Event Problem Codes
This website covers information about the event problem codes that can be used to complete medical device reports. The event problem codes consist of patient problem codes, device problem codes, and component codes. If you are looking for evaluation codes, you can find them in the 3500A codes manual.
The Food and Drug Administration Center for Devices and Radiological Health (FDA CDRH), in cooperation with the National Cancer Institute Enterprise Vocabulary Service (NCI-EVS) completed an adverse event vocabulary effort that updated the older CDRH Event Problem Codes (Device and Patient Problems, reference Block F10 of FDA Form 3500A). This update was needed for the following reasons:
- Majority of codes were not defined
- Codes had ambiguous meaning and were often created for unique situations at a particular point in time
- Multiple synonyms existed for one concept resulting in confusion about which code was preferred
- No change control procedures to manage the addition, deletion or update of terms
- Limited communication with reporters regarding coding updates
- No on-line access method that assisted with automated downloading of current terms
The CDRH Event Problem Code initiative has:
- Reviewed the existing User Facility Event Problem Codes
- Updated these codes to reduce manufacturer reporting burden, improve adverse event report quality, and improve FDA’s ability to respond to device-related adverse events
- Used this website to store the updated codes and tools for aiding the transition from the current to the enhanced coding system
How has this initiative improved the CDRH Event Problem Codes?
The original coding system had not undergone systematic review since its original inception and did not include mechanisms to promote ongoing quality improvement. The FDA CDRH/NCI EVS collaboration provided the resources to perform a systematic review of the current codes that resulted in improvements to the coding system with minimal burden to reporters, including:
- Specific improvements to patient and device problem codes and inclusion of component codes to clarify the part of the device associated with the event
Improvements to code descriptions, definitions and structure to improve the effectiveness of the terms for identifying safety signals
During the analysis of the original system many vague, redundant terms were identified in the device and patient problem codes. These terms had been added on an ad hoc basis over the life of the coding system. Under the new coding system, CDRH has designated a preferred term that represents a unique device, component or patient problem concept. By having just one term represent a problem concept, the reporter should be able to more easily select an appropriate code. The reporter will also be able to review the definition that has been included for many codes as well as considering code selection within the context of a meaningful hierarchy. Note: the definitions assigned to the Event Problem Codes are not regulatory definitions. They have been added to many Event Problem Code terms to provide additional clarification.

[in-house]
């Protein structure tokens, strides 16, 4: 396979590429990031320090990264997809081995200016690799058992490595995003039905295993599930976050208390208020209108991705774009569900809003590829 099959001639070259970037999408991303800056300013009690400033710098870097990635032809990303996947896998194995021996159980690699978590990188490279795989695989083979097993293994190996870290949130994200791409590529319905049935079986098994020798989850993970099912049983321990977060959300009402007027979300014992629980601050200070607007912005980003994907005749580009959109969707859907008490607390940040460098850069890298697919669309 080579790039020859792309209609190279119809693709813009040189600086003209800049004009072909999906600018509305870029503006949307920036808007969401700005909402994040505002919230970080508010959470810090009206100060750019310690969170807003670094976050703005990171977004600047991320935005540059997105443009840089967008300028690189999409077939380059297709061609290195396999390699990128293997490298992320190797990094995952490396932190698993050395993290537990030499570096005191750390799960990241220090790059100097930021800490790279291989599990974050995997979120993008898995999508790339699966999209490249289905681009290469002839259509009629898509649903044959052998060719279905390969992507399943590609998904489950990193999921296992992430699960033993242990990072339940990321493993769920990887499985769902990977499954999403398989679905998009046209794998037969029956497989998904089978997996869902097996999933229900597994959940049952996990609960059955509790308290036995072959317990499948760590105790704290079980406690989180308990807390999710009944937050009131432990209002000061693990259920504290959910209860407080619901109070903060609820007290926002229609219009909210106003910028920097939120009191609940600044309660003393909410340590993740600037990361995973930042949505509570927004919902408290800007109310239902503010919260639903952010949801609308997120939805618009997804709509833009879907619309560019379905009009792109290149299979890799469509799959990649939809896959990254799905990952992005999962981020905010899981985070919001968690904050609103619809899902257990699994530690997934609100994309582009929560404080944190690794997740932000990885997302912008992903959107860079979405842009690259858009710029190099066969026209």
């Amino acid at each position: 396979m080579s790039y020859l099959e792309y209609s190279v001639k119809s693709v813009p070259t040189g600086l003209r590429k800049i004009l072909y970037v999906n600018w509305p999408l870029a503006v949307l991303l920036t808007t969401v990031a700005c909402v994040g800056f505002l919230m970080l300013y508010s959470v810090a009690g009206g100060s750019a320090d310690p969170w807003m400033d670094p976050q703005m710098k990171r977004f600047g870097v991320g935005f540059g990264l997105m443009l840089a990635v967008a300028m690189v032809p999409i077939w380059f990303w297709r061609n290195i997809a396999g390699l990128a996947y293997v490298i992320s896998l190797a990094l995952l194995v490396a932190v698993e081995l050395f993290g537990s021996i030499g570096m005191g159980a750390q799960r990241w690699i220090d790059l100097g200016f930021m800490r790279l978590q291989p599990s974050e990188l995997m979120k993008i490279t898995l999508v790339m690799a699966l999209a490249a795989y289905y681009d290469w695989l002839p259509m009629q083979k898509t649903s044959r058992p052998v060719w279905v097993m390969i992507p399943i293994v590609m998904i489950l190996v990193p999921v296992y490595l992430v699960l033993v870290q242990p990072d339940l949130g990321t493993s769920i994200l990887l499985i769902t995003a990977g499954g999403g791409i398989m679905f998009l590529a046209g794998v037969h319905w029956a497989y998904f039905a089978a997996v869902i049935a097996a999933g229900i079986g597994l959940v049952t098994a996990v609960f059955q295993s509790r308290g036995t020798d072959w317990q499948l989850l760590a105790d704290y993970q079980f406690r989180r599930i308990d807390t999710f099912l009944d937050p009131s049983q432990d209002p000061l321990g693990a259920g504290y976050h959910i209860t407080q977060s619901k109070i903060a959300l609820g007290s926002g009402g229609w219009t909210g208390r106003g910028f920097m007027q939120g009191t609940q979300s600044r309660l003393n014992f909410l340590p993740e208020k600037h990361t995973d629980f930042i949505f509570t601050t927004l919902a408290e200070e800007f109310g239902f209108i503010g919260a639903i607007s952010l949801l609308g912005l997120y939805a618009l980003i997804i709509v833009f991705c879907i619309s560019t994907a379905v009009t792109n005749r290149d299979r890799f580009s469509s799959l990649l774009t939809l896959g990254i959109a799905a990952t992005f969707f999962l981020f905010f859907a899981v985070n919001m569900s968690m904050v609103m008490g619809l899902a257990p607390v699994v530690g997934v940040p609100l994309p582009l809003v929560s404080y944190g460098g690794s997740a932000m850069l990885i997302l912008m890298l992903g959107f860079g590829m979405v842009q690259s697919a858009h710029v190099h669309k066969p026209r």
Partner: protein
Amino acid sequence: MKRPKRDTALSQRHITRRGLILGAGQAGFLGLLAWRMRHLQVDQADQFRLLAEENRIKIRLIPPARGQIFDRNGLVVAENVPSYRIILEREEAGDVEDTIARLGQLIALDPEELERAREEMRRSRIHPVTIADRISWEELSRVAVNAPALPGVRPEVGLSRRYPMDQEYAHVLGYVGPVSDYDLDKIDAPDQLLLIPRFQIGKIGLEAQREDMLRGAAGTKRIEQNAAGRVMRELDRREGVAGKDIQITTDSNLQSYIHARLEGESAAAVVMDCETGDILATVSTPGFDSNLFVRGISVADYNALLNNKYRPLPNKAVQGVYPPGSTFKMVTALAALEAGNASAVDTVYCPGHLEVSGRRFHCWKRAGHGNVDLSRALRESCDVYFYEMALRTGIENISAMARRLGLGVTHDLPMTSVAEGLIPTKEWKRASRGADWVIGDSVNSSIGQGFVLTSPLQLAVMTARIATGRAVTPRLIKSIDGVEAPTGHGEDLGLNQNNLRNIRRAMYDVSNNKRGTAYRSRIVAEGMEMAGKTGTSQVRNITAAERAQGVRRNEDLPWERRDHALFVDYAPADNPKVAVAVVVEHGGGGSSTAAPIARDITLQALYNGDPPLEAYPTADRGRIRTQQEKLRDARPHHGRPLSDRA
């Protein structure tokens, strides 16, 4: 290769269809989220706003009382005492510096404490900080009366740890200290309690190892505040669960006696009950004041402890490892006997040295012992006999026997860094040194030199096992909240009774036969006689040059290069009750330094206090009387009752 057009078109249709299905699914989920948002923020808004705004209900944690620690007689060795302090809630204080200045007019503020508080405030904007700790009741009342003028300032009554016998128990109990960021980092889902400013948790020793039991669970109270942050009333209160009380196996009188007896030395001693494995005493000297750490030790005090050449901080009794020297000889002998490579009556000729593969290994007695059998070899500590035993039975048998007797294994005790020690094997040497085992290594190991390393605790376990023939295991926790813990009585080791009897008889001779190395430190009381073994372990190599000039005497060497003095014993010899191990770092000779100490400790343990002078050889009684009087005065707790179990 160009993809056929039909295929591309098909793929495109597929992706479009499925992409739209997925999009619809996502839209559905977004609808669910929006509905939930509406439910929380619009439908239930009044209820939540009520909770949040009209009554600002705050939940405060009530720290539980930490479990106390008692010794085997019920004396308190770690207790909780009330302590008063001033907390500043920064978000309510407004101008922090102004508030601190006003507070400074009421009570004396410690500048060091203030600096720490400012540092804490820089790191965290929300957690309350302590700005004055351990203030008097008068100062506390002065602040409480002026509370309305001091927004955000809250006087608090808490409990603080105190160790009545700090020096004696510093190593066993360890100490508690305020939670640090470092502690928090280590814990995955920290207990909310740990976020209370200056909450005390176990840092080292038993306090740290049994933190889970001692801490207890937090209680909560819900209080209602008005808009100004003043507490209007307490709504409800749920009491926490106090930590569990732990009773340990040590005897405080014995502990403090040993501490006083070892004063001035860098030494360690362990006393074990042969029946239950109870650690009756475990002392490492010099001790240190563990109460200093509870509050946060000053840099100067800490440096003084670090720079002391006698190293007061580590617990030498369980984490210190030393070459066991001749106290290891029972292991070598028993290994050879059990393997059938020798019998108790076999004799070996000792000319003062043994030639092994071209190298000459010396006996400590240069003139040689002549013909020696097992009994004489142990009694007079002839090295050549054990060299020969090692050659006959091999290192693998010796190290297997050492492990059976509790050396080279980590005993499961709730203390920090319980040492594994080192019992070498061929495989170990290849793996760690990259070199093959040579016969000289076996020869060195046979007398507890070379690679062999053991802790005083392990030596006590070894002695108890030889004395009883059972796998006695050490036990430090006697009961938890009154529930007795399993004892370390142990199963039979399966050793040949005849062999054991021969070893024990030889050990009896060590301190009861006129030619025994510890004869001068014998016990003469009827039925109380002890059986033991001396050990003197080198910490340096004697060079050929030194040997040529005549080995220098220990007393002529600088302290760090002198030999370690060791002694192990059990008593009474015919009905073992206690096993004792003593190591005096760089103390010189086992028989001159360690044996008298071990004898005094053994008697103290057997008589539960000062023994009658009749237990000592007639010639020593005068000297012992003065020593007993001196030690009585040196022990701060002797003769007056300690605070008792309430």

The original coding system organized all codes alphabetically—there were no meaningful categories with relationships to one another. Patient problem codes and component codes have been organized within broad categories, but still remain in a list-type format.
The focus of the FDA CDRH/NCI EVS collaboration was on creating the Device Problem Code set as a self-contained hierarchy developed specifically to address all categories of device problems. Currently, the device problem codes are arranged in a hierarchy of six levels. We recommend that coders assign terms at the lowest level of the hierarchy. No codes from Level 1 will be accepted as allowable terms for reporting.
Creation of educational tools to increase the likelihood of improved code use
Adoption of change control mechanisms to maintain coding improvements and ensure ongoing improvement in coding quality for the future
Outreach to terminology groups to promote harmonization of event problem code terminology
As part of the initiative the FDA CDRH staff has and will continue to promote the use of the event problem codes as a controlled terminology for reporting device adverse events that can be used in both regulatory and non-regulatory environments. FDA worked collaboratively with standards groups in the development of the codes and will continue to work with these groups using our change control processes.
Each FDA term now includes not only an FDA code (which should still be the preferred code added to the FDA form 3500A), but a unique NCI EVS Concept code (c-code) that allows the term to be used for any problem reporting situation. FDA is actively promoting the use of the new hierarchal code system not only for FDA Form 3500A, but in any situation involving reporting of device-related adverse events including HL7 ICSR standard, premarket studies where device event data is captured, condition of approval studies, and patient safety reporting from research groups.
Minimize burden to manufacturers
The majority of event problem codes in the current system were unambiguous concepts that have been used to characterize reported adverse events to FDA. These codes were retained in the new system, and as a result, more than 60 percent of the current codes fit into the new hierarchical structure, obviating the need for a complete overhaul of the coding system.